Long-term use of Statin Medicines
How long should the patient take a statin drug? They are designed and intended to be taken indefinitely, but the initial rush to sign up at-risk people drowned out questions about how long the therapy should continue. We know the anti-inflammatory effects decline pretty much when the patient stops taking the statin medicine. The inhibition of cholesterol synthesis in the liver will last longer. But even a return to pre-therapy cholesterol production may not be as bad as it might seem at first. The blood vessels have not accumulated as much plaque as they would otherwise.
There has been speculation that the bulk of the benefits accrue in the first five years. That might sound too convenient to be true, but a long-term study in Scotland (West of Scotland Coronary Prevention Study) found men who took statins for five years during middle age still had benefits in old age. Compared to those who took placebos, the patients who took statins for five years had lower rates of cardiovascular disease two or more decades later.
It is true that the scientific evidence for long-term use is weaker than it is for short-term use. That’s because randomized clinical trials, the gold standard of testing drug efficacy and side effects, only last a few years at most. This isn’t true just for statin; it’s true for high blood-pressure medicines, diabetes medicines, and other medicines people use for decades. The science for long-term use exists but it is more from observational studies.
Any realistic consideration of this question must take into account whether patients continue to take their prescription over the years. Patients often quit their statin regimens, either because of side effects or laziness or forgetfulness or some other reason. It is also common for people to stop taking their statin and then starting again in the future. One observer described statin usage in the population as “dynamic”.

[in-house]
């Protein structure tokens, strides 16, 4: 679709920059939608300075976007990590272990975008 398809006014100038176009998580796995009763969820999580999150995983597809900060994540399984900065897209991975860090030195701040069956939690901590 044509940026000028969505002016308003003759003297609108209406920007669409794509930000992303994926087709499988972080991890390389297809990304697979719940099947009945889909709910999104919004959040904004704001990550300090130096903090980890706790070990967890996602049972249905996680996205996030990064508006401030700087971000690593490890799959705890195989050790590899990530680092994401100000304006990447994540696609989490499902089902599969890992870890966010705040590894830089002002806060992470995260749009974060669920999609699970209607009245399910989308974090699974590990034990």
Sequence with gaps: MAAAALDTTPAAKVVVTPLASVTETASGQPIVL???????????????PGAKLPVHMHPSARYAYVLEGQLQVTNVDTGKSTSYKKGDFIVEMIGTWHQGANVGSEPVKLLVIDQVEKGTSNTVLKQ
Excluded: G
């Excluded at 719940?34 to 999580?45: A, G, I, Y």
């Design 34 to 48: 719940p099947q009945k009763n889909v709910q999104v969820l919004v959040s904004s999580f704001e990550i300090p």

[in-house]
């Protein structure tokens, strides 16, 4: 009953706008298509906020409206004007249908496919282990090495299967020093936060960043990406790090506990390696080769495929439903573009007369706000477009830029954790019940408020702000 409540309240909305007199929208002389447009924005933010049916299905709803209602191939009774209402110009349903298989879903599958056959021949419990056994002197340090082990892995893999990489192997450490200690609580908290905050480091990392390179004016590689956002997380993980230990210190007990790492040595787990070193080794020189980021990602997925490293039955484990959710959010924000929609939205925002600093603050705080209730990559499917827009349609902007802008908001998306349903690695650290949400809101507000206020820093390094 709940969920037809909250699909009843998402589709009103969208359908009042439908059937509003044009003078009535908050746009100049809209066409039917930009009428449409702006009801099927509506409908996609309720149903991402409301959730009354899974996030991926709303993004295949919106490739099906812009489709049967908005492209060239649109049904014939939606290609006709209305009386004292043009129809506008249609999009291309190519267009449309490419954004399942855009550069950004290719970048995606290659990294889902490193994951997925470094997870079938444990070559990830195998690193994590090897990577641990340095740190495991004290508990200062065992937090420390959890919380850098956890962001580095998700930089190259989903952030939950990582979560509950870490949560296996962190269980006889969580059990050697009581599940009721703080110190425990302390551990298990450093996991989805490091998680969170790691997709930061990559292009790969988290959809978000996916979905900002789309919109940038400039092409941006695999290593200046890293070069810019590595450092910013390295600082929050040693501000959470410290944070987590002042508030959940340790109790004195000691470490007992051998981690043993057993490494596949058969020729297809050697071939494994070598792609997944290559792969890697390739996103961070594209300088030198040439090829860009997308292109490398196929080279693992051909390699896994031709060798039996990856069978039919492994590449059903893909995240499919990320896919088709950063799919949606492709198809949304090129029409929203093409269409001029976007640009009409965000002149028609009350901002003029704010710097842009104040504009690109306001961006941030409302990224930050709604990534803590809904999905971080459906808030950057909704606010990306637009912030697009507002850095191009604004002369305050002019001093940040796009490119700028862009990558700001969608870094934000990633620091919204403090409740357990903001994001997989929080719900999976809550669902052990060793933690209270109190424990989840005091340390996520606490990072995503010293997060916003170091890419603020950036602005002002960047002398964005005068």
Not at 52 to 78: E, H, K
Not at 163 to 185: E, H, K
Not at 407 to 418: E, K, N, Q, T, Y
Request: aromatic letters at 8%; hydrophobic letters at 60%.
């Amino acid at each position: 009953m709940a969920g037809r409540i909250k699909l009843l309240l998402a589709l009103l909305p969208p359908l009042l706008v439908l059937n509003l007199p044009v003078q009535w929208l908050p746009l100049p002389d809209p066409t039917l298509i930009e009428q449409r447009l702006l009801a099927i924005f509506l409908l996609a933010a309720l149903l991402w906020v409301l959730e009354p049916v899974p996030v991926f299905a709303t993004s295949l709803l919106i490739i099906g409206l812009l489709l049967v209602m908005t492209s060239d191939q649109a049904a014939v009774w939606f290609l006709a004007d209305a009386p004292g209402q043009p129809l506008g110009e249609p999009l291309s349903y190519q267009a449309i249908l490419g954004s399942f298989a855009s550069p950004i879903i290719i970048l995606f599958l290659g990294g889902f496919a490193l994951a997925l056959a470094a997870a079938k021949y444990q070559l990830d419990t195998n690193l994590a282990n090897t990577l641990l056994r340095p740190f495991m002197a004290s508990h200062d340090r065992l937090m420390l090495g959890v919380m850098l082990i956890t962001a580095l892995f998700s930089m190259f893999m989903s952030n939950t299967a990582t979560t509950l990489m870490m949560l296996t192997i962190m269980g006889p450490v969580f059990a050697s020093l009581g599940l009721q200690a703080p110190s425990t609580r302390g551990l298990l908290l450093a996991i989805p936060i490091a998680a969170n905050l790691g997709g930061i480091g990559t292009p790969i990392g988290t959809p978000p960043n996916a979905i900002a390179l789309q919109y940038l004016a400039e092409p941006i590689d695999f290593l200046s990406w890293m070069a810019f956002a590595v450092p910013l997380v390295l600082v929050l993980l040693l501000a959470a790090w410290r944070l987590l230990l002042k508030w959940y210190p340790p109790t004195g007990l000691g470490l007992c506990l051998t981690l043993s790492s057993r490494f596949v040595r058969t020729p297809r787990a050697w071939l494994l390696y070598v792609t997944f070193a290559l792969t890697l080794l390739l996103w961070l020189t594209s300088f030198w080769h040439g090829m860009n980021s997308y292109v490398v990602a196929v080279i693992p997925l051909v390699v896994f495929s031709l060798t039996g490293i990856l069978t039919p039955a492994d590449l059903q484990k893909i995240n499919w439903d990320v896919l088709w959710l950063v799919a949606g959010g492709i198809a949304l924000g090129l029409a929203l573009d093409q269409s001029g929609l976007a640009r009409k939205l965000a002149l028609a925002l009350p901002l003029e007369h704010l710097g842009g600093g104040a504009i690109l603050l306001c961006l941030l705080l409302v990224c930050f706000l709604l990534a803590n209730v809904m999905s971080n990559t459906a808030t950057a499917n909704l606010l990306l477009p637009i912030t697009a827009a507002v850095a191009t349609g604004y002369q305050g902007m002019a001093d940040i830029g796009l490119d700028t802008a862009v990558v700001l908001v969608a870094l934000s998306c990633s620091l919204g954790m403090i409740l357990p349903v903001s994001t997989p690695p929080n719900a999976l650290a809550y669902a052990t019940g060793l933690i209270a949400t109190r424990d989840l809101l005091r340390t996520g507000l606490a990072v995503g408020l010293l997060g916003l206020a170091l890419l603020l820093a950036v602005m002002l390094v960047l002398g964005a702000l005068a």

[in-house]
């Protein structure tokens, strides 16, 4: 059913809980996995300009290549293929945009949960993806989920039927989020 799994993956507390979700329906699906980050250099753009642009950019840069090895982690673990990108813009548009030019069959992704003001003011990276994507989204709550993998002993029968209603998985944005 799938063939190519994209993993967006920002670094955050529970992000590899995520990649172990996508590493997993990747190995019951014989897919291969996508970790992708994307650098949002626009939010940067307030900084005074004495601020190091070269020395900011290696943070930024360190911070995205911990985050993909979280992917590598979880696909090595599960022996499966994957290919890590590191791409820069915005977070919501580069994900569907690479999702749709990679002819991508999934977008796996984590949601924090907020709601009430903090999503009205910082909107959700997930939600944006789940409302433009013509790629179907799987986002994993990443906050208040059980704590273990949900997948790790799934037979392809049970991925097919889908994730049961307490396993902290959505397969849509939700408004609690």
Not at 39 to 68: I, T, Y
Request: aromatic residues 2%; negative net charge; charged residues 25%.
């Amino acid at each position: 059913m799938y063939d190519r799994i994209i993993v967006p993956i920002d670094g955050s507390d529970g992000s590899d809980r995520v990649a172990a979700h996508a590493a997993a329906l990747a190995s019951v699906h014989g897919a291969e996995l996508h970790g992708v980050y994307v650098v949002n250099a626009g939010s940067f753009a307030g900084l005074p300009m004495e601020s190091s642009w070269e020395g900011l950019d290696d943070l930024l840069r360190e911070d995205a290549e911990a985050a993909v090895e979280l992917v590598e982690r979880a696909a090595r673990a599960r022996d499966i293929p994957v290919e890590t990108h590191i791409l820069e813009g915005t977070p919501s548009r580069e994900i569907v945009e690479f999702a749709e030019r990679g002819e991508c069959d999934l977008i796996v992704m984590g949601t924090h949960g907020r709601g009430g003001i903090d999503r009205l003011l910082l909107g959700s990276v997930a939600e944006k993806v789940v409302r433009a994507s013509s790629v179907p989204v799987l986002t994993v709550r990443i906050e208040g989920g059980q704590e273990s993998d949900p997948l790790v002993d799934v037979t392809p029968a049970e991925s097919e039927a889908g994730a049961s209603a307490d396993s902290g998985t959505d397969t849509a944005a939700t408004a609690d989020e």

No authoritative medical association or professional group has publicly advocated truncating statin use after a certain number of years. Initial approval of a drug is based on randomized clinical trials and the safety and efficacy data generated from it. These trials are necessarily limited in time, so there are always questions about long-term use of a medicine which cannot be answered before approval. The problem with many clinical trials is that they are short-term (compared to how long patients will actually be using the drugs) and they focus on biochemical markers or levels as opposed to clinical end points (e.g. death, heart attack, stroke.) Over time data from real world patients (not in formal clinical trials) accumulates. The FDA has systems for collecting reports of adverse events related to medication, and sometimes drugs will even be pulled from the market if the risk is deemed high enough. This is how Baycol was removed from use a decade ago. The most widely used statins have been in general use so long now, used by millions of people around the world, that analysts have a good idea of how dangerous they are in long-term use. Again, no authoritative body has called for a moratorium on these drugs, either in general usage or after a decade in use by individual patients. Some doctors and patients do take drug holidays from many medicines, though.